22/09 Alarm Phone alerted to 12 people in distress, returned to Morocco

23.09.2017 / 13:32 / Western Mediterranean, Morocco

Watch The Med Alarm Phone Investigations – 22nd of September 2017

Case name: 2017_09_22-WM162
Situation: Alarm Phone alerted to emergency situation in the Western Med
Status of WTM Investigation: Concluded
Place of Incident: Western Mediterranean Sea

Summary of the Case: On Friday the 22nd of September 2017, our Alarm Phone shift team was contacted around 7pm by a person in Morocco, who informed us that a boat carrying 12 people had left at 11am. The point of departure in Morocco was unclear. An Alarm Phone member in Morocco reached the boat at 7.41pm and found out that they had left near Cap Spartel and were on a rubber dinghy. They could see a red and white ferry to their right. While water had started to enter the dinghy, they were not yet in acute distress. At 7.55pm, the Spanish search and rescue Organisation Salvamento Maritimo informed us that they had been informed about the boat and were searching for it. At 8.13pm, we informed the travellers that Salvamento Maritimo was searching for them. At 8.51pm they stated that they could see a search and rescue helicopter. A few minutes later, Salvamento Maritimo stated that they had localised the boat and had informed the Moroccan Navy as it was still in Moroccan waters. At 9.05pm, we asked Salvamento Maritimo to do the rescue instead of the Moroccan Navy, but they declined. At 9.10pm, we talked to the passengers who said that they could see the Moroccan Navy. They were calm but sad that they would be returned to Morocco, the place they had sought to escape. Our member in Morocco talked to the group and could confirm that they were fine after having been returned by the Moroccan Navy.
Credibility: UP DOWN 0
Layers »
  • Border police patrols
     
    While the exact location of patrols is of course constantly changing, this line indicates the approximate boundary routinely patrolled by border guards’ naval assets. In the open sea, it usually correspond to the outer extent of the contiguous zone, the area in which “State may exercise the control necessary to prevent infringement of its customs, fiscal, immigration or sanitary laws” (UNCLOS, art. 33). Data source: interviews with border police officials.
  • Coastal radars
     
    Approximate radar beam range covered by coastal radars operating in the frame of national marine traffic monitoring systems. The actual beam depends from several different parameters (including the type of object to be detected). Data source: Finmeccanica.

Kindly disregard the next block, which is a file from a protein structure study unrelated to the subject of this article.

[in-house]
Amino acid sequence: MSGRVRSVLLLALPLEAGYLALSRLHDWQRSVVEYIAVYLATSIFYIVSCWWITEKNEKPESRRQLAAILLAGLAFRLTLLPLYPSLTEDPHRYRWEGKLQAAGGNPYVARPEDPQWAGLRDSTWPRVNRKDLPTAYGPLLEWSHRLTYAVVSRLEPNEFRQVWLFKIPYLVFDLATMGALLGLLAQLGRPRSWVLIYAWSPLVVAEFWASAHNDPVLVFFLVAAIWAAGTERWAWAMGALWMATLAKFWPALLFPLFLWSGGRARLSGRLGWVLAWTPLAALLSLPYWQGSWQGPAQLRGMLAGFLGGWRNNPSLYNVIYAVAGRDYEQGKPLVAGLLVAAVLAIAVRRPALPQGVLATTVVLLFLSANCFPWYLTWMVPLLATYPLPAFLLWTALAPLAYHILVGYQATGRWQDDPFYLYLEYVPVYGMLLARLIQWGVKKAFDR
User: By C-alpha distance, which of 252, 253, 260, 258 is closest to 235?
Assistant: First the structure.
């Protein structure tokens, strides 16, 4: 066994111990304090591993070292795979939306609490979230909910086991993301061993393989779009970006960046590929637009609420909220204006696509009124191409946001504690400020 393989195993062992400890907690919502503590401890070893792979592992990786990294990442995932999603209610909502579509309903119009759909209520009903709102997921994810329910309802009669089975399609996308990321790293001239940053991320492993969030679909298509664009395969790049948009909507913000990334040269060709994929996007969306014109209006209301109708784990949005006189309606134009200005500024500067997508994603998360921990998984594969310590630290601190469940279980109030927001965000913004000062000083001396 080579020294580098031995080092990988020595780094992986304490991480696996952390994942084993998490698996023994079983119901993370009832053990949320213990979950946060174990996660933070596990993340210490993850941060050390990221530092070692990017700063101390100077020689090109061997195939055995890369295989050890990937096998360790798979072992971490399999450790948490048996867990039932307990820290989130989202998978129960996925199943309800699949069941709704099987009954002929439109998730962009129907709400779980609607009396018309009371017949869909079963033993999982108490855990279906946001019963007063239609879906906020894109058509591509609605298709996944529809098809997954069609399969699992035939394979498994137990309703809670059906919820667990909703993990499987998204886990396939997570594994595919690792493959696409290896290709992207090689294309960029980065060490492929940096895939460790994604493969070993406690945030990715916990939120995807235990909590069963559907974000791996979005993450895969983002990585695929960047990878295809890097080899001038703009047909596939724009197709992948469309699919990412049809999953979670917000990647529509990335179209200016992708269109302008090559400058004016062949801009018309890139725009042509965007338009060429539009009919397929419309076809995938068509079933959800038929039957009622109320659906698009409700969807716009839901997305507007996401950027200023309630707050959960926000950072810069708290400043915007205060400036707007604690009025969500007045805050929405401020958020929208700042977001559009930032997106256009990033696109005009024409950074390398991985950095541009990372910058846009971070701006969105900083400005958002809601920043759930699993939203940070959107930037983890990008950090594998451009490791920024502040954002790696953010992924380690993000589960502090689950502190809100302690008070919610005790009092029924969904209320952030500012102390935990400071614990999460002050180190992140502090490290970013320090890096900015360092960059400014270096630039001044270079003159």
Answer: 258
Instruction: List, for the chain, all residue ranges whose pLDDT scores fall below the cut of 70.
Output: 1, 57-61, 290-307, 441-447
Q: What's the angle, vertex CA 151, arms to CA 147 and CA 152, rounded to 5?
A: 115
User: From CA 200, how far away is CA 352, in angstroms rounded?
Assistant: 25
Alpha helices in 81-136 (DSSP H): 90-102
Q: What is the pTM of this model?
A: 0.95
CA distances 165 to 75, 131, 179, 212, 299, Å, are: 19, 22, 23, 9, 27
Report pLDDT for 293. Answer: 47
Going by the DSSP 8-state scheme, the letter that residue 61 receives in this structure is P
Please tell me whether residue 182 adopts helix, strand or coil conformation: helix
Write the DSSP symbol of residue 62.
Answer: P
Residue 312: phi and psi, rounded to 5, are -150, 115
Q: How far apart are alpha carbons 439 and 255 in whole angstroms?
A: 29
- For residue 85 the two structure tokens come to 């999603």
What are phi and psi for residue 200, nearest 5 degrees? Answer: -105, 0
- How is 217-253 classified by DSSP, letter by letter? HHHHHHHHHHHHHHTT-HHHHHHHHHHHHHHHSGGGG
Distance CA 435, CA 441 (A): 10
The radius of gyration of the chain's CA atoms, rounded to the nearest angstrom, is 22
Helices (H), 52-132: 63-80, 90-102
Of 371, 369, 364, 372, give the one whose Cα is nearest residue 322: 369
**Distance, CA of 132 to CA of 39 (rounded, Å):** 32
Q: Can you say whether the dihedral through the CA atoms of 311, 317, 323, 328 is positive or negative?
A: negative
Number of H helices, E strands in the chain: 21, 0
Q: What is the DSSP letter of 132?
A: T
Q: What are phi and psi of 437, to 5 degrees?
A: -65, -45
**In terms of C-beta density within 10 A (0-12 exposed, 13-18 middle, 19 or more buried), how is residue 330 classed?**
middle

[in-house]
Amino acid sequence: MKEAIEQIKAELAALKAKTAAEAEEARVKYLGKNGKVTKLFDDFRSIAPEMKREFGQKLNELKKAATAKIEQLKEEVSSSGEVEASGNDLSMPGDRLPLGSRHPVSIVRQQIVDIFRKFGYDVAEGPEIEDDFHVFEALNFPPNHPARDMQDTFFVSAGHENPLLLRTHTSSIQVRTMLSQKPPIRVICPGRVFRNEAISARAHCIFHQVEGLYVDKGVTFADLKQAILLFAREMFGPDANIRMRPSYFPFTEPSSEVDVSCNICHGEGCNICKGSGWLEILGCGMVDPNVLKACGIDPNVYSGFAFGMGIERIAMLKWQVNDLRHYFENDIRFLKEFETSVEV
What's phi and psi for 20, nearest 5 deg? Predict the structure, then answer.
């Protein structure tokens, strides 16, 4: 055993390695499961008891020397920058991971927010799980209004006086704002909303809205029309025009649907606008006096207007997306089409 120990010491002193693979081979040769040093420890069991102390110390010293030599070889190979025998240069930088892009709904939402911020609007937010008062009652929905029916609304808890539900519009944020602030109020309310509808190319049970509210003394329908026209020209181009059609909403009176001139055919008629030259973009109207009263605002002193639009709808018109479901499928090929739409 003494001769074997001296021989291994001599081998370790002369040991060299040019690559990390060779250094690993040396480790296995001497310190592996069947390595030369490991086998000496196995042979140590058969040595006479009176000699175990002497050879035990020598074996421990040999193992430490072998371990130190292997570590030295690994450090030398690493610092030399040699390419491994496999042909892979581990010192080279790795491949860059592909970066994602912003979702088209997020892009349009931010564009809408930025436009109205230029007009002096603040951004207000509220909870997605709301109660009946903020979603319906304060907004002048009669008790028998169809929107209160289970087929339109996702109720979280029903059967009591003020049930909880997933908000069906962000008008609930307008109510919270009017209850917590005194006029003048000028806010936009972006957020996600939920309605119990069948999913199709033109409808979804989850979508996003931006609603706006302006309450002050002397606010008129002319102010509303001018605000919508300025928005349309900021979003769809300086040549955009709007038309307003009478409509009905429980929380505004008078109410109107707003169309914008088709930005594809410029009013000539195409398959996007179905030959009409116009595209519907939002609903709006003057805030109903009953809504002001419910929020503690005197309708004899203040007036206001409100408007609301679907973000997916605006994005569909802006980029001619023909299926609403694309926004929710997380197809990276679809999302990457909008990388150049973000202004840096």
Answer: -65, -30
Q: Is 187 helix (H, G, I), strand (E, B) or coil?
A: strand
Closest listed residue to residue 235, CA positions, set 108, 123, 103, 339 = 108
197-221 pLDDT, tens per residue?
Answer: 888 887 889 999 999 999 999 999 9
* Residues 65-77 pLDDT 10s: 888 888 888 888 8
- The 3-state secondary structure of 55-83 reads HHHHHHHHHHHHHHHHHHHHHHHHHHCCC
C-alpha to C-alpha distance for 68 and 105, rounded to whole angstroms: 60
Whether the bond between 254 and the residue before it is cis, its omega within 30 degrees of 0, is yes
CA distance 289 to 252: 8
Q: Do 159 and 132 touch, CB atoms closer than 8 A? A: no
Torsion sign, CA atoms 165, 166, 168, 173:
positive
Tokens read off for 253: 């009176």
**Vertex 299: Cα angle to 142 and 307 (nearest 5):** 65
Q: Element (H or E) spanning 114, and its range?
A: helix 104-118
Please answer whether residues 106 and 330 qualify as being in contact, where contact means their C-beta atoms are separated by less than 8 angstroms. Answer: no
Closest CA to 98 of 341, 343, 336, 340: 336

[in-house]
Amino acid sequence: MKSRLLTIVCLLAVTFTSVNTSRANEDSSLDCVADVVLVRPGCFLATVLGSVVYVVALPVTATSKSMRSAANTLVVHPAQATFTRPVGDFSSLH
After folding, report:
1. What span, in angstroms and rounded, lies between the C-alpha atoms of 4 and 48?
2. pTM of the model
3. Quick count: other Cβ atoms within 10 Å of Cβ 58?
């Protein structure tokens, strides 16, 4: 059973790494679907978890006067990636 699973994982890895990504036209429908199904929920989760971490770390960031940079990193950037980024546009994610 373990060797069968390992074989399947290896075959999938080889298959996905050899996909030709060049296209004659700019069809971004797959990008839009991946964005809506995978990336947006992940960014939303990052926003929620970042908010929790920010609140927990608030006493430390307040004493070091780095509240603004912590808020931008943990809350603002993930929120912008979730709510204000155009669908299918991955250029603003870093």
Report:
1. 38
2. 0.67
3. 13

• Exclusive Economic Zone
     
    Maritime area beyond and adjacent to the territorial sea in which the coastal state exercises sovereign rights for the purposes of exploring and exploiting, conserving and managing the natural resources, whether living or non-living, the seabed and its subsoil and the superjacent waters. Its breadth is 200 nautical miles from the straight baselines from which the territorial sea is measured (UNCLOS, Arts. 55, 56 and 57). Data source: Juan Luis Suárez de Vivero, Atlas of the European Seas and Oceans
  • Frontex operations
     
    Frontex has, in the past few years, carried out several sea operations at the maritime borders of the EU. The blue shapes indicate the approximate extend of these operations. Data source: Migreurop Altas.
  • Mobile phone coverage
     
    Global System for Mobile Communications (GSM) network coverage. Data source: Collins Mobile Coverage.
  • Oil and gas platforms
     
    Oil and gas platforms in the Mediterranean. Data source:
  • Search and Rescue Zone
     
    An area of defined dimensions within which a given state is has the responsibility to co-ordinate Search and Rescue operations, i.e. the search for, and provision of aid to, persons, ships or other craft which are, or are feared to be, in distress or imminent danger. Data source: IMO availability of search and rescue (SAR) services - SAR.8/Circ.3, 17 June 2011.
  • Territorial Waters
     
    A belt of sea (usually extending up to 12 nautical miles) upon which the sovereignty of a coastal State extends (UNCLOS, Art. 2). Data source: Juan Luis Suárez de Vivero, Atlas of the European Seas and Oceans

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